Land Use Charge: NBA to welcome Buhari to Lagos with protest today


The Nigerian Bar Association (NBA), Ikeja Branch, has restated its resolve to embark on another round of protest today, over the reviewed Lagos Land Use Charge.
The NBA Chairman, Adeshina Ogunlana, said at a media briefing, yesterday, that in spite of the reduction of the rates and levies under the Land Use Charge, the protest would go on as planned.
President Muhammadu Buhari is scheduled to arrive in Lagos, today on a two-day state visit and the Lagos State Government has declared Thursday as public holiday in honour of the visitor. Governor Akinwunmi Ambode had earlier reduced the levies by 50 per cent following a protest that greeted the Land Use Charge, but the reduction did not go down well with some stakeholders who insisted it should return to status quo.
A public hearing on the Lagos Land Use Charge organised by the Lagos State House of Assembly on Tuesday had turned rowdy as Ogunlana led lawyers walked out, insisting that the notice to submit their memorandum was too short.
Ogunlana said: “The protest is far from being over as lawyers have declared their intention to embark on another round of streets protest, tomorrow (Thursday).”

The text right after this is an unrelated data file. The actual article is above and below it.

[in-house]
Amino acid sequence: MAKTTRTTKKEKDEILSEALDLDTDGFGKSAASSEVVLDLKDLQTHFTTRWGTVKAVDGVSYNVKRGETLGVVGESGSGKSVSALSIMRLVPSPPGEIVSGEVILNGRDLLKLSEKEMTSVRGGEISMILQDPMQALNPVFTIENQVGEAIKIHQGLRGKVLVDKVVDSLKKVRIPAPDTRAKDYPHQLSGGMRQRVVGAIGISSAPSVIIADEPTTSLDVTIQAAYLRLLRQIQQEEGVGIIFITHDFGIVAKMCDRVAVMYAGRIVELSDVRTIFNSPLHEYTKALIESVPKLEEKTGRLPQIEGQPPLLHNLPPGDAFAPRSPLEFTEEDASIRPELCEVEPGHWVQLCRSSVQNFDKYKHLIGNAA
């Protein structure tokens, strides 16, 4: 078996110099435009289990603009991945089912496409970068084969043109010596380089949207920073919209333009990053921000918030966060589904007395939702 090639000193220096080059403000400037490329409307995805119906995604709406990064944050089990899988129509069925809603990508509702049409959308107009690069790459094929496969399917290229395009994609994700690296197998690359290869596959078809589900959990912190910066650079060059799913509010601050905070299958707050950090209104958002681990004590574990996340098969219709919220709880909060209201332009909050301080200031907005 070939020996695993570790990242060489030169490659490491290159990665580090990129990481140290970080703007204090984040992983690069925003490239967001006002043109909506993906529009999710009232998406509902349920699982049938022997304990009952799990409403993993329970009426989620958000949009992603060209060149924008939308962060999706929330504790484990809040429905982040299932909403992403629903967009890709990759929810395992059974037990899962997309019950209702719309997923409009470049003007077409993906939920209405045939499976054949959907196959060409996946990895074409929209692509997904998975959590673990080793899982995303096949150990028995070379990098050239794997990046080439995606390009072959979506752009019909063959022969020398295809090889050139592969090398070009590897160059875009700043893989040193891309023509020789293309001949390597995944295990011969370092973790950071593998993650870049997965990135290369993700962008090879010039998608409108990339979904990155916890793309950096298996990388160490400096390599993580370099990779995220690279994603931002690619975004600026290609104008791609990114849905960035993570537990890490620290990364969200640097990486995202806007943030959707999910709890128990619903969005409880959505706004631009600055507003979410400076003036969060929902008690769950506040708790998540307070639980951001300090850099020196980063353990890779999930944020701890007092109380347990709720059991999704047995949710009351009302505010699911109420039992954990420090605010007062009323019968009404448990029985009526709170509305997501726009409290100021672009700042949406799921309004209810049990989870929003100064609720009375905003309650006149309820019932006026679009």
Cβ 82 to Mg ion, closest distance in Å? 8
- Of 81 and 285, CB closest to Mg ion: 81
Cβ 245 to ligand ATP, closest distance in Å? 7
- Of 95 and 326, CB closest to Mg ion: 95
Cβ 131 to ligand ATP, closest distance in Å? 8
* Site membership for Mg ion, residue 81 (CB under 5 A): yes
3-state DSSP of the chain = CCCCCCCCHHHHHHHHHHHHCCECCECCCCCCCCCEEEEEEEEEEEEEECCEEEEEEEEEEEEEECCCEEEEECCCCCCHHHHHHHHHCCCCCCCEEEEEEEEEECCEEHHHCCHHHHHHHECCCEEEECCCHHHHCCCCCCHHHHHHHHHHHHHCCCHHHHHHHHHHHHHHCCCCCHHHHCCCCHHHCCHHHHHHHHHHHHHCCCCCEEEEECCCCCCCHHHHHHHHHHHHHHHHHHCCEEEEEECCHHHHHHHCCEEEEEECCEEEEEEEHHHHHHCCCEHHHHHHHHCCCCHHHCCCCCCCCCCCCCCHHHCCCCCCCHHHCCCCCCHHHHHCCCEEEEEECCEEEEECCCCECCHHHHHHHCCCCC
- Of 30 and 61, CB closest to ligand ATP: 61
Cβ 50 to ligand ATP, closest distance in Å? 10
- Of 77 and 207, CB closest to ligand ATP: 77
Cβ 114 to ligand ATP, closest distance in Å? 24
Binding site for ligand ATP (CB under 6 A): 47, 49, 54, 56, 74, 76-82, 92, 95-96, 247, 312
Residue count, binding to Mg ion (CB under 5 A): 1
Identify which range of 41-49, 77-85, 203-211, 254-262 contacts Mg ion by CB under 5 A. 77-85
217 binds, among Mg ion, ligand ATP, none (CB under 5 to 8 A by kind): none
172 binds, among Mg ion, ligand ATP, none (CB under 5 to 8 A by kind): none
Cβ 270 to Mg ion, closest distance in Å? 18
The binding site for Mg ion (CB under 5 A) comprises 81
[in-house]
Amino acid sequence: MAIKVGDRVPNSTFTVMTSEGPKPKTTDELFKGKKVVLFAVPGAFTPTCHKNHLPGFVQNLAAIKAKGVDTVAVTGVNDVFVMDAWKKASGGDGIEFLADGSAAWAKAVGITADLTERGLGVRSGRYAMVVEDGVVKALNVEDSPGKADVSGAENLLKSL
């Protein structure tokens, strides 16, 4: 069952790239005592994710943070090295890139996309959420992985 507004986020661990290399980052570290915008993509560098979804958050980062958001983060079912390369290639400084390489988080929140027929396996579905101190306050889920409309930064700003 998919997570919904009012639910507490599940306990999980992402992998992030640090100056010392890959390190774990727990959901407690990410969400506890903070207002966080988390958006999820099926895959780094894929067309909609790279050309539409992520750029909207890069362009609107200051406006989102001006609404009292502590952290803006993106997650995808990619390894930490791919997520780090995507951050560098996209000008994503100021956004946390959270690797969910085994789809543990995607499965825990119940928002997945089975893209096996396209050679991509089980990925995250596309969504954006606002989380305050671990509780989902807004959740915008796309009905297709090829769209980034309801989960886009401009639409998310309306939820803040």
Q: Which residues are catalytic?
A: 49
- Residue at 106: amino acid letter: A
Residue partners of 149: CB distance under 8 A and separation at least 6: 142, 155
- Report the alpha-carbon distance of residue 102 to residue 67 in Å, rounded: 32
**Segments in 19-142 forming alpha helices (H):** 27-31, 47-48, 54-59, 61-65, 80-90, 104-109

The NBA Chairman said that the protest was a response to “failure” of the state government and the House of Assembly to meet their demands.
Ogunlana described the reduction as a sham and a calculated ploy to hoodwink the people of Lagos State.
He, however, warned some members of the public who, he said, were peddling negative rumours against the NBA to desist from it.
NBA had on March 13 staged a protest tagged; “Walk The Talk” to reject the 50 per cent reduction of the levies. The Nigeria Labour Congress (NLC), civil society bodies and professionals had in solidarity joined the protest.
Others are the Committee for Defence of Human Rights (CDHR), Joint Action Front (JAF) Medical Doctors Association the Human and Environmental Agenda (HEDA).
The protest was meant to kick against the Land Use Charge Law 2018, excessive litigation cost, borehole tax and car registration tax.

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